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writeletterAs a freshman in high school I was happy for a course called “General Business” because we learned all sorts of practical things but nothing was too difficult. As I was trying to get my balance going from algebra to Latin class, it was always nice to sit in a class where we were learning things like how to write a check (not that any of us had a checking account in those days, much less a credit card!). One thing we learned was the difference in form of a business letter and a friendly letter. I’m sure business courses – even the most basic – are much more involved in high schools now but I have always been grateful for some of the practical things that I still use from my one and only business class.

I’m always uplifted when I read the salutations in Paul’s letters – today to the Thessalonians (1: 1-5). Paul writes:

Paul, Silvanus and Timothy to the Church of the Thessalonians in God our Father and the Lord Jesus Christ: grace to you and peace from God our Father and the Lord Jesus Christ. We ought to thank God always for you, brothers and sisters, as is fitting, because your faith flourishes ever more, and the love of every one of you for one another grows ever greater.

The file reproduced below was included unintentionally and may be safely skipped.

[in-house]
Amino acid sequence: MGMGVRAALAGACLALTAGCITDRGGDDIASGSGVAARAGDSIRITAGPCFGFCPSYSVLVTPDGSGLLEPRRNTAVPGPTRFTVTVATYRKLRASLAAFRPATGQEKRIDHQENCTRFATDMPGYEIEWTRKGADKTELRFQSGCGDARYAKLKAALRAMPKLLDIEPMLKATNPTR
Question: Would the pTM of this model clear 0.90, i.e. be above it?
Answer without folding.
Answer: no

I rarely write “real” letters these days but I’m thinking this morning about the value in taking time to encourage people – either on paper or electronically – or simply to let them know I think of them, praying for them and thanking God for their presence in my life. It could take less time now – no need to look for a pen or their zip code – and I wouldn’t even need to buy a stamp unless I communicated  in “the old-fashioned way” of snail-mail. The method isn’t as important as the product and neither is as vital as the intention. Paul was never too intent on his core message to overlook the importance of a positive “salutation” and, if we read to the end of the letters, we see the same in his “complementary closings” as well.

So today might be the day I send a shout out to my General Business teacher, Sister Patricia Gibson (aka Sister Marie Frederick) for all she taught me back then. Surely, it will be a grateful, friendly letter.

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